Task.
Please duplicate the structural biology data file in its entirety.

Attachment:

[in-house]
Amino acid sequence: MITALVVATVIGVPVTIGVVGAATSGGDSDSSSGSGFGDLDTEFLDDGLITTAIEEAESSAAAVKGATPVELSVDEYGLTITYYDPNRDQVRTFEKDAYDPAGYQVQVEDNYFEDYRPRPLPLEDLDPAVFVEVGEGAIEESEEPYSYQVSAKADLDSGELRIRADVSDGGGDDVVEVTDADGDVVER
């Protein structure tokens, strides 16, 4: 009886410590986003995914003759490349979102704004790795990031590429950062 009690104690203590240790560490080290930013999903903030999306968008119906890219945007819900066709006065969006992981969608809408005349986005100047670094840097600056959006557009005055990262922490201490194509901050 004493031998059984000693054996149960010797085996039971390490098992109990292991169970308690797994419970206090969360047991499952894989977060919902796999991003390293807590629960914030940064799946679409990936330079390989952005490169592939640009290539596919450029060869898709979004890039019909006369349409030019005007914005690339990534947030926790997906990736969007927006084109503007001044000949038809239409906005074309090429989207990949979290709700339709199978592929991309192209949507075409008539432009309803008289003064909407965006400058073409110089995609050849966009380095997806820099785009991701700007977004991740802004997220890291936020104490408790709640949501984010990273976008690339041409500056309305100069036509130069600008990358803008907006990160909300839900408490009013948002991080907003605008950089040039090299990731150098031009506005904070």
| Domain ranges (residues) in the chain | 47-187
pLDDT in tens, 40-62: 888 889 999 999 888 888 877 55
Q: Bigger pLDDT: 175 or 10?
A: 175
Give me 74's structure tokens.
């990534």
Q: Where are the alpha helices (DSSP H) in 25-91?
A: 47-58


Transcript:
[in-house]
Amino acid sequence: MITALVVATVIGVPVTIGVVGAATSGGDSDSSSGSGFGDLDTEFLDDGLITTAIEEAESSAAAVKGATPVELSVDEYGLTITYYDPNRDQVRTFEKDAYDPAGYQVQVEDNYFEDYRPRPLPLEDLDPAVFVEVGEGAIEESEEPYSYQVSAKADLDSGELRIRADVSDGGGDDVVEVTDADGDVVER
């Protein structure tokens, strides 16, 4: 009886410590986003995914003759490349979102704004790795990031590429950062 009690104690203590240790560490080290930013999903903030999306968008119906890219945007819900066709006065969006992981969608809408005349986005100047670094840097600056959006557009005055990262922490201490194509901050 004493031998059984000693054996149960010797085996039971390490098992109990292991169970308690797994419970206090969360047991499952894989977060919902796999991003390293807590629960914030940064799946679409990936330079390989952005490169592939640009290539596919450029060869898709979004890039019909006369349409030019005007914005690339990534947030926790997906990736969007927006084109503007001044000949038809239409906005074309090429989207990949979290709700339709199978592929991309192209949507075409008539432009309803008289003064909407965006400058073409110089995609050849966009380095997806820099785009991701700007977004991740802004997220890291936020104490408790709640949501984010990273976008690339041409500056309305100069036509130069600008990358803008907006990160909300839900408490009013948002991080907003605008950089040039090299990731150098031009506005904070």
| Domain ranges (residues) in the chain | 47-187
pLDDT in tens, 40-62: 888 889 999 999 888 888 877 55
Q: Bigger pLDDT: 175 or 10?
A: 175
Give me 74's structure tokens.
């990534």
Q: Where are the alpha helices (DSSP H) in 25-91?
A: 47-58